When Steven Spielberg accepted the Cecil B. DeMille award at the Golden Globes this year, the director, who spent part of his childhood in Haddon Township, N.J., recalled seeing his first movie, "The Greatest Show on Earth," in Philadelphia with his father.
Spielberg will return to Philadelphia in October to accept another award, the 2009 Liberty Medal, for making some of his own greatest shows and for documenting the power of the human spirit in the face of humanity's darkest moments, it was announced yesterday.
Each year the Liberty Medal is awarded to "men and women of courage and conviction who strive to secure the blessings of liberty to people across the world," National Constitution Center President Linda E. Johnson said.
Spielberg was chosen for his work on films such as "Schindler's List," "Amistad" and "The Color Purple," all of which explore themes of freedom and oppression, and for establishing the Shoah Foundation, which has filmed 105,000 hours of testimony from survivors and witnesses of the Holocaust.
"It is the largest archive of visual history in the world," said Stephen A. Cozen, a foundation board member and founder and chairman of the Cozen O'Connor law firm. "The archives have encapsulated the living history of the Holocaust and enabled us to learn what the bigotry, hatred and suffering cost on a first-name basis."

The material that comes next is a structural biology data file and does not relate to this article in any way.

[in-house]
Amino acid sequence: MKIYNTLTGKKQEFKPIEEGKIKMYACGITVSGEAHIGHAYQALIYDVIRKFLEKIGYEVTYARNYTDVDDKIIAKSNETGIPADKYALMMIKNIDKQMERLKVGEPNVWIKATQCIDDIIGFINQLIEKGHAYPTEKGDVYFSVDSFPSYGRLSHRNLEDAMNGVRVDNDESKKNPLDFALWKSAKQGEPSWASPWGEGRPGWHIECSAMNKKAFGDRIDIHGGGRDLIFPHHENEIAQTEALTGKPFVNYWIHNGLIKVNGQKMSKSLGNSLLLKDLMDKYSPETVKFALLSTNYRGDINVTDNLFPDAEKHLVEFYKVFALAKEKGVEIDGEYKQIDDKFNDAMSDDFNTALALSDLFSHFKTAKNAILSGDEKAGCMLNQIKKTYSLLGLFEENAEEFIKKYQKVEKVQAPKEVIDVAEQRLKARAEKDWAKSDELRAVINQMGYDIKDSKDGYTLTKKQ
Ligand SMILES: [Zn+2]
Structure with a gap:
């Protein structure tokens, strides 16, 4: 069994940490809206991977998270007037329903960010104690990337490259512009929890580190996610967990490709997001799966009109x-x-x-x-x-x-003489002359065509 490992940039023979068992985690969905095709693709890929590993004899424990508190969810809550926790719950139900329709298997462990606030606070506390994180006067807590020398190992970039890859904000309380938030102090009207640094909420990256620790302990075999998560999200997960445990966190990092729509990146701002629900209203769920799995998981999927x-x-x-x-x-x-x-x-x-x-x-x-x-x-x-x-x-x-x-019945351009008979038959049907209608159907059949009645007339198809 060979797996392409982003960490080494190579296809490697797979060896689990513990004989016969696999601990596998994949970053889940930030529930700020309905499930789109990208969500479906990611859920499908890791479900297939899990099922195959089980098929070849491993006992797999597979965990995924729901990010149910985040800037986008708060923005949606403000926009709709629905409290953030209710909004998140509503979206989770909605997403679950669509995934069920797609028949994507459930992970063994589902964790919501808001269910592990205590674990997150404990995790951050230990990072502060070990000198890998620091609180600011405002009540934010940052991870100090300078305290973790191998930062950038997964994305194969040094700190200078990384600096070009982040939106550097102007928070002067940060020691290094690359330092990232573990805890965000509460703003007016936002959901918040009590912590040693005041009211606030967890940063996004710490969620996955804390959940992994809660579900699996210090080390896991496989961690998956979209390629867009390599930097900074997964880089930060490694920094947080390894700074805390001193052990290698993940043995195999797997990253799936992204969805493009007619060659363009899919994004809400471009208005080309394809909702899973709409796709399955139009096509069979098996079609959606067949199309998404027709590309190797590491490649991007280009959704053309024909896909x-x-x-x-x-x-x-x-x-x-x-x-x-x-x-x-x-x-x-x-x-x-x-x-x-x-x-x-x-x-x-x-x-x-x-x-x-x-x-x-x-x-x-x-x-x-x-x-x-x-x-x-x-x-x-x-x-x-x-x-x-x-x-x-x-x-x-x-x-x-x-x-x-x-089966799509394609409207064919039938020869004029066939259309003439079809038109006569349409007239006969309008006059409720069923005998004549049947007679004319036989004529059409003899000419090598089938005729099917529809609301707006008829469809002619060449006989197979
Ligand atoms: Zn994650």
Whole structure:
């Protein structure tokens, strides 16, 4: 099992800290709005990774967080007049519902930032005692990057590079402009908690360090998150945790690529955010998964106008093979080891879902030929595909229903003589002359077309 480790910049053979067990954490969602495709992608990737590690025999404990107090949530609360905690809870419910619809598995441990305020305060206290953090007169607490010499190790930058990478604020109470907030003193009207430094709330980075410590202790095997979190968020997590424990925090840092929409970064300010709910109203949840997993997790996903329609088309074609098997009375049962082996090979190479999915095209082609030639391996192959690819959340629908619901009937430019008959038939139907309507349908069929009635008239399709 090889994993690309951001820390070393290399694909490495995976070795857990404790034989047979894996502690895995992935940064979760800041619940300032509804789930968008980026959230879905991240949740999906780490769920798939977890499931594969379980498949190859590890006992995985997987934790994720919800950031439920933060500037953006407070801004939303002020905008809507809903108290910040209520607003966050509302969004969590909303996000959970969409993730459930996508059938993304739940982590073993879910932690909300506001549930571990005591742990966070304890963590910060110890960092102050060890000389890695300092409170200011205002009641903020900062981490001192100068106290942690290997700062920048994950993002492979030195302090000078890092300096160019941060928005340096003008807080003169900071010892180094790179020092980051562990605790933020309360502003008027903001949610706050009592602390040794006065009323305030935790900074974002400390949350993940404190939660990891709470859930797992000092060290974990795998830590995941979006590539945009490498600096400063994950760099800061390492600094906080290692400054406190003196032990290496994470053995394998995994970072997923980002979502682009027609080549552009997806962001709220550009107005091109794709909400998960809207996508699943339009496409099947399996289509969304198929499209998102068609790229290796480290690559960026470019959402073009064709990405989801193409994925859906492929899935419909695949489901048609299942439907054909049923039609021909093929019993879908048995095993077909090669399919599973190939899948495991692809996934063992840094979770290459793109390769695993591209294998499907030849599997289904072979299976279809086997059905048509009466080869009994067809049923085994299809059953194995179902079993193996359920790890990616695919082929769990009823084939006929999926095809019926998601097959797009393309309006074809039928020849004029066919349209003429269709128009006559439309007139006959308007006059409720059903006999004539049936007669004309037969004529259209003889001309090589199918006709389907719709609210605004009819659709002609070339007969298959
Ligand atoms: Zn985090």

The archive, which Spielberg was inspired to create while making "Schindler's List," was expanded recently to include testimonials from the Rwandan genocide, Cozen said.
Former President Bill Clinton, chairman of the National Constitution Center, will present the award to Spielberg at a ceremony on Oct. 8.
In a prepared statement, Clinton, who was in North Korea yesterday negotiating for the freedom of two jailed American journalists, called Spielberg "my friend" and "a highly deserving champion of freedom."
Spielberg said in a statement that he was thrilled to be honored "by an organization unprecedented in its devotion to the most relevant and significant document in our nation's history.
"It's truly humbling to be added to the distinguished list of past recipients, a group of men and women whom I admire deeply for their commitment to educating the world about the importance of freedom and the blessings of liberty," Spielberg wrote.
Past recipients include Nelson Mandela and F.W. de Klerk (1993), former Secretary of State Colin Powell (2002) and U2 lead singer Bono (2007).